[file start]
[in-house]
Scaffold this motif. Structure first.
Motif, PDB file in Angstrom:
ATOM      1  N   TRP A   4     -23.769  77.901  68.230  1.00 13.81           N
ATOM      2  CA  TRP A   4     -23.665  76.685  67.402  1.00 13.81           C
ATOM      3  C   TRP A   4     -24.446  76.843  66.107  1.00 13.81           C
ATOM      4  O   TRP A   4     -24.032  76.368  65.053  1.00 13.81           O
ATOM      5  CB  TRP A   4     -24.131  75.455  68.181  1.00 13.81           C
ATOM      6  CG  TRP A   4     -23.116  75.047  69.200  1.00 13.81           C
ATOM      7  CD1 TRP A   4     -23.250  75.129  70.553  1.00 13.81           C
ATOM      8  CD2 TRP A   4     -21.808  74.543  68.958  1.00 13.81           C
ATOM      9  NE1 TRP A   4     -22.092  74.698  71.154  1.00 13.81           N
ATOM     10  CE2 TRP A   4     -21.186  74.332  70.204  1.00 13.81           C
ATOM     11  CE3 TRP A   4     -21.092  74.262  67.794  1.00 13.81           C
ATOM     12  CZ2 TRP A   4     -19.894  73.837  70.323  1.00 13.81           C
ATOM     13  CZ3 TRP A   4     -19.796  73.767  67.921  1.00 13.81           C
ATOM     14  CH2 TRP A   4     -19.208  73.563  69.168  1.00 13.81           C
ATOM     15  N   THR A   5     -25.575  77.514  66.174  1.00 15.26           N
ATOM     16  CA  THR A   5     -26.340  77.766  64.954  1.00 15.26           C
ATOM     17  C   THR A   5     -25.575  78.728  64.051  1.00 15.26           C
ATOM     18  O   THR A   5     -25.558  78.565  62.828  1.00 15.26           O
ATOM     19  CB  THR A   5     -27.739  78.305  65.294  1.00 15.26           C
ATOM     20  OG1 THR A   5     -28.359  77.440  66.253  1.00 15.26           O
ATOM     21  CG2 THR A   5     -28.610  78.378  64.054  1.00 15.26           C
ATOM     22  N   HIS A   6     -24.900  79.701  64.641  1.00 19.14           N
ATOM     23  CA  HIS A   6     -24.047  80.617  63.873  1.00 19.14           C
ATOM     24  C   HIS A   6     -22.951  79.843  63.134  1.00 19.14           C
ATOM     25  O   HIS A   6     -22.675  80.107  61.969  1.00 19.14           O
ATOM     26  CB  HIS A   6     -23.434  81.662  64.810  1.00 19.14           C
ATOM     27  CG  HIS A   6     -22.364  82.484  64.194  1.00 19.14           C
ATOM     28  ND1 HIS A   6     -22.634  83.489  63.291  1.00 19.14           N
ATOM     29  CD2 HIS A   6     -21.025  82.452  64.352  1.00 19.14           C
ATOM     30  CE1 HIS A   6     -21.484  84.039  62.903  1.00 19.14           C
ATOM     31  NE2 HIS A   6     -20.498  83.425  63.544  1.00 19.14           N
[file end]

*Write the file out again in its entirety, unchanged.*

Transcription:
[in-house]
Scaffold this motif. Structure first.
Motif, PDB file in Angstrom:
ATOM      1  N   TRP A   4     -23.769  77.901  68.230  1.00 13.81           N
ATOM      2  CA  TRP A   4     -23.665  76.685  67.402  1.00 13.81           C
ATOM      3  C   TRP A   4     -24.446  76.843  66.107  1.00 13.81           C
ATOM      4  O   TRP A   4     -24.032  76.368  65.053  1.00 13.81           O
ATOM      5  CB  TRP A   4     -24.131  75.455  68.181  1.00 13.81           C
ATOM      6  CG  TRP A   4     -23.116  75.047  69.200  1.00 13.81           C
ATOM      7  CD1 TRP A   4     -23.250  75.129  70.553  1.00 13.81           C
ATOM      8  CD2 TRP A   4     -21.808  74.543  68.958  1.00 13.81           C
ATOM      9  NE1 TRP A   4     -22.092  74.698  71.154  1.00 13.81           N
ATOM     10  CE2 TRP A   4     -21.186  74.332  70.204  1.00 13.81           C
ATOM     11  CE3 TRP A   4     -21.092  74.262  67.794  1.00 13.81           C
ATOM     12  CZ2 TRP A   4     -19.894  73.837  70.323  1.00 13.81           C
ATOM     13  CZ3 TRP A   4     -19.796  73.767  67.921  1.00 13.81           C
ATOM     14  CH2 TRP A   4     -19.208  73.563  69.168  1.00 13.81           C
ATOM     15  N   THR A   5     -25.575  77.514  66.174  1.00 15.26           N
ATOM     16  CA  THR A   5     -26.340  77.766  64.954  1.00 15.26           C
ATOM     17  C   THR A   5     -25.575  78.728  64.051  1.00 15.26           C
ATOM     18  O   THR A   5     -25.558  78.565  62.828  1.00 15.26           O
ATOM     19  CB  THR A   5     -27.739  78.305  65.294  1.00 15.26           C
ATOM     20  OG1 THR A   5     -28.359  77.440  66.253  1.00 15.26           O
ATOM     21  CG2 THR A   5     -28.610  78.378  64.054  1.00 15.26           C
ATOM     22  N   HIS A   6     -24.900  79.701  64.641  1.00 19.14           N
ATOM     23  CA  HIS A   6     -24.047  80.617  63.873  1.00 19.14           C
ATOM     24  C   HIS A   6     -22.951  79.843  63.134  1.00 19.14           C
ATOM     25  O   HIS A   6     -22.675  80.107  61.969  1.00 19.14           O
ATOM     26  CB  HIS A   6     -23.434  81.662  64.810  1.00 19.14           C
ATOM     27  CG  HIS A   6     -22.364  82.484  64.194  1.00 19.14           C
ATOM     28  ND1 HIS A   6     -22.634  83.489  63.291  1.00 19.14           N
ATOM     29  CD2 HIS A   6     -21.025  82.452  64.352  1.00 19.14           C
ATOM     30  CE1 HIS A   6     -21.484  84.039  62.903  1.00 19.14           C
ATOM     31  NE2 HIS A   6     -20.498  83.425  63.544  1.00 19.14           N